It's that time of year again and pop-up shops are springing up all over the city, offering shoppers an alternative to big-box retail for the gift giving season. I recently had the opportunity to attend the Holiday Sip and Shop Pop-Up Market hosted by Ellevate Network. According to Maricella Herrera, Director of Global Membership, Ellevate Network hosts over 500 events per year in 40 cities all over the globe in order to help women in business and government close the achievement gender gap. The event took place at a cozy gallery space in Chelsea and featured a curated and diverse mix of women-owned businesses offering a wide variety of products and services.
For those cold and dry winter days, skin care line Fair Tale Ghana offers unrefined shea butter cream. When founder Kai Lepik traveled to Ghana she saw an opportunity to bring the product from the local to an international market while collaborating with the local women who process the shea butter to ensure they are paid a fair wage. This is helping to support the local community through a collaboration with NGO Mondo, who direct a percentage of the proceeds toward children’s school supplies.The line is also available on Amazon.
At Destiny Foundation, colorful hand-block printed scarves and richly woven saris repurposed into tote bags were available for purchase. Proceeds benefit the craftswomen who are survivors of sexual abuse and human trafficking in West Bengal, India. Destiny Foundation helps to train women in technical sewing skills and literacy in order to provide a path to full time employment outside of the sex trade. A product catalog is available on their website. Destiny Foundation also offers volunteer and internship opportunities.
Locally made products were also featured, including a sophisticated line of leather handbags and totes from jlewbags with an unexpected source of inspiration. "I'm a boxer and I had trouble finding a bag I could use to carry my gloves from the gym to the office," This led founder Jamie Lewis to create a line of bags with clean lines, high end materials, and clever details such as a silver boxing-glove zipper pull. While most of the line is produced in New York, the brand has also collaborated with artisans in Haiti to create hand-beaded clutches. When starting her business, Ms. Lewis turned to MakersRow for assistance in sourcing a producer. It was a struggle in the beginning to find a supplier who could fulfill the high quality standards the brand required, but in the end persistence paid off. jlew is available online at jlewbags.com and their Nolita boutique (290 Mulberry St).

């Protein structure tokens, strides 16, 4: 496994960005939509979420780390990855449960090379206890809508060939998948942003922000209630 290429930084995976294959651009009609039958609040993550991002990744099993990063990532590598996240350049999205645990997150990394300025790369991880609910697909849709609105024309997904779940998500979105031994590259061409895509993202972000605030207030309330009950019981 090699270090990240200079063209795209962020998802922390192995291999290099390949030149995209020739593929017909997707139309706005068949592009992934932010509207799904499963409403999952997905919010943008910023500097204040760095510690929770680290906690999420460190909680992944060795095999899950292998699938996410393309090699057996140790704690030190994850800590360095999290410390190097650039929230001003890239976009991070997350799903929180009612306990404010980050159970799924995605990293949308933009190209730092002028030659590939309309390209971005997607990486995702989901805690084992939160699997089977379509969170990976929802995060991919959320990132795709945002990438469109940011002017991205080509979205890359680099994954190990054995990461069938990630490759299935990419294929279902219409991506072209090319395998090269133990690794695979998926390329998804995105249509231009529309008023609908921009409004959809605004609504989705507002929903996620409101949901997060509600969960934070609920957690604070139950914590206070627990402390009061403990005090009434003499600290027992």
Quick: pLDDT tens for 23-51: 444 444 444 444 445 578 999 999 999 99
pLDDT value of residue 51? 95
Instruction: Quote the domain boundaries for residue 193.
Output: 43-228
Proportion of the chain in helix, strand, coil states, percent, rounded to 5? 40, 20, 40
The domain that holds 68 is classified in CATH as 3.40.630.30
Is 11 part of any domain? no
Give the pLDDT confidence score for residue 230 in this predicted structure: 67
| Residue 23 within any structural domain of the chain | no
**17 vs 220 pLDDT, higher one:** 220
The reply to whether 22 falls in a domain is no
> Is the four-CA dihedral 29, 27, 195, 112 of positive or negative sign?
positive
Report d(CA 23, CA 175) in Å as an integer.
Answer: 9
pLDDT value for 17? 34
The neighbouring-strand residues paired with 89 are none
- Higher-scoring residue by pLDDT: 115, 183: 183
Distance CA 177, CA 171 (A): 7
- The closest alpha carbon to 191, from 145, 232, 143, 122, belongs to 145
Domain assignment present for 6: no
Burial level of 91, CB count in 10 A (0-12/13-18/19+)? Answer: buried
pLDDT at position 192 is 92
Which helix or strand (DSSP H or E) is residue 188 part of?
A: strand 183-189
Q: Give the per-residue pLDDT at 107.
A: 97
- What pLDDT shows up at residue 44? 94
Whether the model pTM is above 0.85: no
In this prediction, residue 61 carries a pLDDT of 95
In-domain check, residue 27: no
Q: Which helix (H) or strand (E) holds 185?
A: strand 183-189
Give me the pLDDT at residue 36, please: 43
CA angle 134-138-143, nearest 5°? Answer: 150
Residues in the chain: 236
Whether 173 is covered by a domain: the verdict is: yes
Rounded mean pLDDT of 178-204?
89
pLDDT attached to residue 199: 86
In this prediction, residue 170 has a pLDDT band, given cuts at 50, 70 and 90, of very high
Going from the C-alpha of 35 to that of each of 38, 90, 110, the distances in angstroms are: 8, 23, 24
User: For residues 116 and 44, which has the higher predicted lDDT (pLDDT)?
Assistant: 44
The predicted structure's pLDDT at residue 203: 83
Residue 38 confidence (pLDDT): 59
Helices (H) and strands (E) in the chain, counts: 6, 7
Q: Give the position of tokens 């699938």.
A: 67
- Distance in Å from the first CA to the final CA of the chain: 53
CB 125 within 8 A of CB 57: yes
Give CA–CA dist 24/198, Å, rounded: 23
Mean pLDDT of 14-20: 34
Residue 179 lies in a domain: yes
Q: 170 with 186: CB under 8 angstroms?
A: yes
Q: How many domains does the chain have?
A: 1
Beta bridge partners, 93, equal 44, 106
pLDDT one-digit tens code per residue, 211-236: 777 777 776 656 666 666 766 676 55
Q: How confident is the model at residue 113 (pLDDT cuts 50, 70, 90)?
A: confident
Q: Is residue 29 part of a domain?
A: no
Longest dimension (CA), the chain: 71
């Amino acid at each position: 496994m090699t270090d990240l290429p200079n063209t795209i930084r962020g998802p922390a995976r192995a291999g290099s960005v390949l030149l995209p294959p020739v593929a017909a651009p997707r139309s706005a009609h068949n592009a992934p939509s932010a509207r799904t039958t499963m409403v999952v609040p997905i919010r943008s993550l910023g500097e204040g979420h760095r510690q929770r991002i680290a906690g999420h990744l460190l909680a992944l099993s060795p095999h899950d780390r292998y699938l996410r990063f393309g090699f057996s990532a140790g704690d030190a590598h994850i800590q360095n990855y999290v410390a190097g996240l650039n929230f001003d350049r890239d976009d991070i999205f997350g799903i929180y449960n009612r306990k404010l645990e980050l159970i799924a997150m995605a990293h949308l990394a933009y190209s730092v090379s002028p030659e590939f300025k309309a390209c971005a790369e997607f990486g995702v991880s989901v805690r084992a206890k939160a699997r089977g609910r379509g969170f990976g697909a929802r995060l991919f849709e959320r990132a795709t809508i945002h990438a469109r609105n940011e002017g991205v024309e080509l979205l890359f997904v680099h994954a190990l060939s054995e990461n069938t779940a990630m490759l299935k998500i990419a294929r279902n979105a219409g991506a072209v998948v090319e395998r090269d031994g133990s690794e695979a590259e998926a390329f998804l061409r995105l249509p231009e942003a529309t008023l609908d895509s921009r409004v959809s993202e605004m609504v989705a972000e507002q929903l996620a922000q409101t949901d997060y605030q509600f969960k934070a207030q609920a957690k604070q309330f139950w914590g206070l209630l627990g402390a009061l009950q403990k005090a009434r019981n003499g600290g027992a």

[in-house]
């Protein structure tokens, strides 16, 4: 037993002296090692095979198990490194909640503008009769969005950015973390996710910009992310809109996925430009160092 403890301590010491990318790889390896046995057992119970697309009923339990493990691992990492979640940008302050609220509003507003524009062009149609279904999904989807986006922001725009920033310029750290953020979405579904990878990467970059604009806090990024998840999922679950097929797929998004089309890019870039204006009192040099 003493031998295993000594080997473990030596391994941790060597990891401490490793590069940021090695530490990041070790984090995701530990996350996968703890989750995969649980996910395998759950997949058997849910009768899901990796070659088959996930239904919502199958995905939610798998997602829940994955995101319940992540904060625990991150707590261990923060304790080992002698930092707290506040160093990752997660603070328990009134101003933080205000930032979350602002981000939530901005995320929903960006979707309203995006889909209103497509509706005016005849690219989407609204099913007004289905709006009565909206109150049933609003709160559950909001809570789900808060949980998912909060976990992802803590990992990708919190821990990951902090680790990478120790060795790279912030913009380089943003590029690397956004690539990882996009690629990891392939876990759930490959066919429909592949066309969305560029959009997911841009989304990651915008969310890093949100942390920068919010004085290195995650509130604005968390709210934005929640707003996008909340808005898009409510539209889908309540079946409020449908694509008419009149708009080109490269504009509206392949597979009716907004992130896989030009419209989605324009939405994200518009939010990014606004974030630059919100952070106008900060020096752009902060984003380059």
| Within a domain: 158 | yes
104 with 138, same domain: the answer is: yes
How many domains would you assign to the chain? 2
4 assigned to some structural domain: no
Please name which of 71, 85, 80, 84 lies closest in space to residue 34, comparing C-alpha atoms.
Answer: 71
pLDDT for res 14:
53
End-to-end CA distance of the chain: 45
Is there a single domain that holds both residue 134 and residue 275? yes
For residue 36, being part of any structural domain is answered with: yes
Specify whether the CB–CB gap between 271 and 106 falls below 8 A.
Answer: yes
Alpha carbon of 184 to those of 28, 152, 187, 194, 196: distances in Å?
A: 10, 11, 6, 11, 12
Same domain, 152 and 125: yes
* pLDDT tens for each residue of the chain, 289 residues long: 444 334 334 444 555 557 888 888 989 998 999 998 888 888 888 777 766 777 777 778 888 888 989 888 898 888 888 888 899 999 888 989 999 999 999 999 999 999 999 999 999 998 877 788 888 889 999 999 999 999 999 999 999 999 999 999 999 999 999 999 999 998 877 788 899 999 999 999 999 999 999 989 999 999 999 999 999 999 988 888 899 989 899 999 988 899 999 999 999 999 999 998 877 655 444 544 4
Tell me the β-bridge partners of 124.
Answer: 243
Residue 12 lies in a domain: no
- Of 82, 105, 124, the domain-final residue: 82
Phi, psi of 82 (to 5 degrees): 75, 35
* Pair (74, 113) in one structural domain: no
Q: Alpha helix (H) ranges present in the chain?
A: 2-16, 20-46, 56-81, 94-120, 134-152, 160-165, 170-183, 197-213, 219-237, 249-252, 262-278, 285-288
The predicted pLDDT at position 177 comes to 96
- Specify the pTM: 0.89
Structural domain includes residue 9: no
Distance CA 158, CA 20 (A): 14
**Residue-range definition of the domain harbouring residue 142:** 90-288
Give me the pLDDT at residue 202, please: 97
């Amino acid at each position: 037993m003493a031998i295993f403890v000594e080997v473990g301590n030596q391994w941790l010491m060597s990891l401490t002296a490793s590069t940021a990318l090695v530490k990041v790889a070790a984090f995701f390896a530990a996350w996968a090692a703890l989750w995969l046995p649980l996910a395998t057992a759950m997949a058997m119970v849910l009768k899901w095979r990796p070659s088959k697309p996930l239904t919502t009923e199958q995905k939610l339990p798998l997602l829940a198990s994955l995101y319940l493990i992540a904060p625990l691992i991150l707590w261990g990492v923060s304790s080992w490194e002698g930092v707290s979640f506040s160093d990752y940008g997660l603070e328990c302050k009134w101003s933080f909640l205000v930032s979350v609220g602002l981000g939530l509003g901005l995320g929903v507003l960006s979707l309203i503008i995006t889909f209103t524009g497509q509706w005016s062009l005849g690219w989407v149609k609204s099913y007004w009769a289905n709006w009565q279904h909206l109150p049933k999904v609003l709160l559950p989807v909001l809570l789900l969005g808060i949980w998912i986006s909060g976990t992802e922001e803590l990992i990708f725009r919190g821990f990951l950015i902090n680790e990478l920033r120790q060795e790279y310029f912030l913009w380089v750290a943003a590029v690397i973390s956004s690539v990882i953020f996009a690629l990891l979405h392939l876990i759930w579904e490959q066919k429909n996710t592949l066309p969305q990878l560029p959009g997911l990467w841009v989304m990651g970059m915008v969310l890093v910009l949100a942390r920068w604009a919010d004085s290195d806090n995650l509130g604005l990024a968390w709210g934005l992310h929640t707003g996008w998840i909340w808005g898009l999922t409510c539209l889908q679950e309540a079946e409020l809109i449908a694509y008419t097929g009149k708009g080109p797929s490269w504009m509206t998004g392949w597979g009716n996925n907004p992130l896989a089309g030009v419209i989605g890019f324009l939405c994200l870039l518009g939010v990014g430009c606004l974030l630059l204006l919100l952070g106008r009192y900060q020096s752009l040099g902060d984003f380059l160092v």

For this newcomer to the New York scene, it was very inspiring to see so many women taking the initiative to start their own business. It was even more inspiring to see how many of these business owners are using their platform to help support women in developing countries as well as local artists by bringing their talents to a wider market. If you weren't able to attend the event and still need to pick up a few last-minute gifts, I encourage you to check out their websites for a little conscious consumerism as an alternative to the mall.